“Pansies don't float”–
gay representability,
film noir, and The Man Who Wasn’t There

Vincent Brook

Vincent Brook has a Ph.D. in film and television from UCLA. He has worked as a film editor and screenwriter, and currently teaches film and television studies at USC’s Annenberg School for Communication and at California State University, Los Angeles. He has written on a broad range of film and television subjects, focusing most recently on Jewish representation in sitcoms. His previously published (or forthcoming) work includes:

Something Ain’t Kosher Here: The Rise of the “Jewish” Sitcom. Piscataway, NJ: Rutgers University Press, 2003.

“Myth or Consequences: Ideological Fault Lines in The Simpsons,” in Leaving Springfield: ‘The Simpsons’ and the Possibilities of Oppositional Culture, John Alberti, ed. Detroit: Wayne State University Press, 2003 (forthcoming).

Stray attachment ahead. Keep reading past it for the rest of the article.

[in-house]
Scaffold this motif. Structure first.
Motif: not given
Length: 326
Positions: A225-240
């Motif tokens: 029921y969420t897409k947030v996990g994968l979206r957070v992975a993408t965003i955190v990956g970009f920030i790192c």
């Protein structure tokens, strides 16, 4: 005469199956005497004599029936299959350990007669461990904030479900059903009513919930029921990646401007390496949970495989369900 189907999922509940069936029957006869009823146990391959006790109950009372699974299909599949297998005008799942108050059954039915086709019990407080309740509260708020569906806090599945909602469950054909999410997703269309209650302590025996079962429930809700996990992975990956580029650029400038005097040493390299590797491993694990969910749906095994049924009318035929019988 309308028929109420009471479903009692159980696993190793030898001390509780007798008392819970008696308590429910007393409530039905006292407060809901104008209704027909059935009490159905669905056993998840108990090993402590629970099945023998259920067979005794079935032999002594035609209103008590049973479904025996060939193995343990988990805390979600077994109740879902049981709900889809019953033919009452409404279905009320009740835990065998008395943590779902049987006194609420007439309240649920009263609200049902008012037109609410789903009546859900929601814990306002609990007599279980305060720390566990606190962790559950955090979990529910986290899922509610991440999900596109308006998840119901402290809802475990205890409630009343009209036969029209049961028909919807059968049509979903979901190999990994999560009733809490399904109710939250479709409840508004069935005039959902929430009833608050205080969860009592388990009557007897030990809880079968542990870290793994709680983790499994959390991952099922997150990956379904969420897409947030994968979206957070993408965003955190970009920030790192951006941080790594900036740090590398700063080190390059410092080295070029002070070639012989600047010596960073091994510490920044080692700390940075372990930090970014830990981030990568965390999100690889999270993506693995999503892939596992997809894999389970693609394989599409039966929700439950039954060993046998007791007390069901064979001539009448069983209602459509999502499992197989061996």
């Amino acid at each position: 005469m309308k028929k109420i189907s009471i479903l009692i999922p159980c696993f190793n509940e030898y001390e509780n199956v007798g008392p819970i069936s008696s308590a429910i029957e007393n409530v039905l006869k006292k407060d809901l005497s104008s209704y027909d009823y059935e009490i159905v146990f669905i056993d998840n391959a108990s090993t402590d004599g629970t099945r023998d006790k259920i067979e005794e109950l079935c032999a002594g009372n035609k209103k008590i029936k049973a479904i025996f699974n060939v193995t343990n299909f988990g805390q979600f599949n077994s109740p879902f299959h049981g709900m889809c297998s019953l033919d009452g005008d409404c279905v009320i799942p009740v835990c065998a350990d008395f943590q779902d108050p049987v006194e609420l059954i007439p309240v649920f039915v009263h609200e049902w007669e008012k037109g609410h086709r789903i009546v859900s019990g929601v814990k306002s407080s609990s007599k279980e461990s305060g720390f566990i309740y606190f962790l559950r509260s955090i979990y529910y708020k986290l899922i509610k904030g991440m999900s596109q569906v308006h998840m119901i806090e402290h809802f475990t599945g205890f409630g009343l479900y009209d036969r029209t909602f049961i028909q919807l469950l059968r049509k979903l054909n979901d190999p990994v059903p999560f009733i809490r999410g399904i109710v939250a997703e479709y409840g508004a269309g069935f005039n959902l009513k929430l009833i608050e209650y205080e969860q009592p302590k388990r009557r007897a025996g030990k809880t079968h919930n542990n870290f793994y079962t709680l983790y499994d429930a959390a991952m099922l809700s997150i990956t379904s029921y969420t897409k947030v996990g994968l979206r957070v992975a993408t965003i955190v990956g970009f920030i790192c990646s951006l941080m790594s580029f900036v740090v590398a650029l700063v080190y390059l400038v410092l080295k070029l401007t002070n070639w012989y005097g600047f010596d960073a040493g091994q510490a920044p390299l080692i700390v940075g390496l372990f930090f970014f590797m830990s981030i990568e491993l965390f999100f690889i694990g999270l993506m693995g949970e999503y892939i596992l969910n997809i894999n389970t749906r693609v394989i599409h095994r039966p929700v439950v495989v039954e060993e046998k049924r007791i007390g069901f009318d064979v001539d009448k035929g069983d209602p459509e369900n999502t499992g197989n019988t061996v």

“To Live and Dye in China: The Personal and the Political in Zhang Yimou’s Judou.” CineAction 60 (2003): 21-29.

“Virtual Ethnicity: Incorporation, Diversity, and the Contemporary ‘Jewish’ Sitcom.” Emergences 11: 2 (2001): 269-285.

“Courting Controversy: The Making and Selling of Baby Doll and the Demise of the Production Code.” Quarterly Review of Film and Video 18: 4 (2001): 347-360.

“The Fallacy of Falsity: Un-‘Dresch’-ing Masquerade, Fashion, and Postfeminist Jewish Princesses in The Nanny.” Television and New Media 11: 2 (November 2001): 269-285.

“From the Cozy to the Carceral: Trans-formations of Ethnic Space in The Goldbergs and Seinfeld.” The Velvet Light Trap 14 (Fall 1999): 54-67.

“The Americanization of Molly: How Mid-‘50s TV Homogenized The Goldbergs (and Got ‘Berg-larized’ in the Process).” Cinema Journal 38: 4 (1999): 45-67.

“The Holocaust, Italian Style” (Film Review of Life is Beautiful). The Jewish Edge, February 1999: 26-27.

“Checks and Imbalances: Political Economy and the Rise and Fall of East Side/West Side.” Journal of Film and Video 50:3 (Fall 1998): 24-39.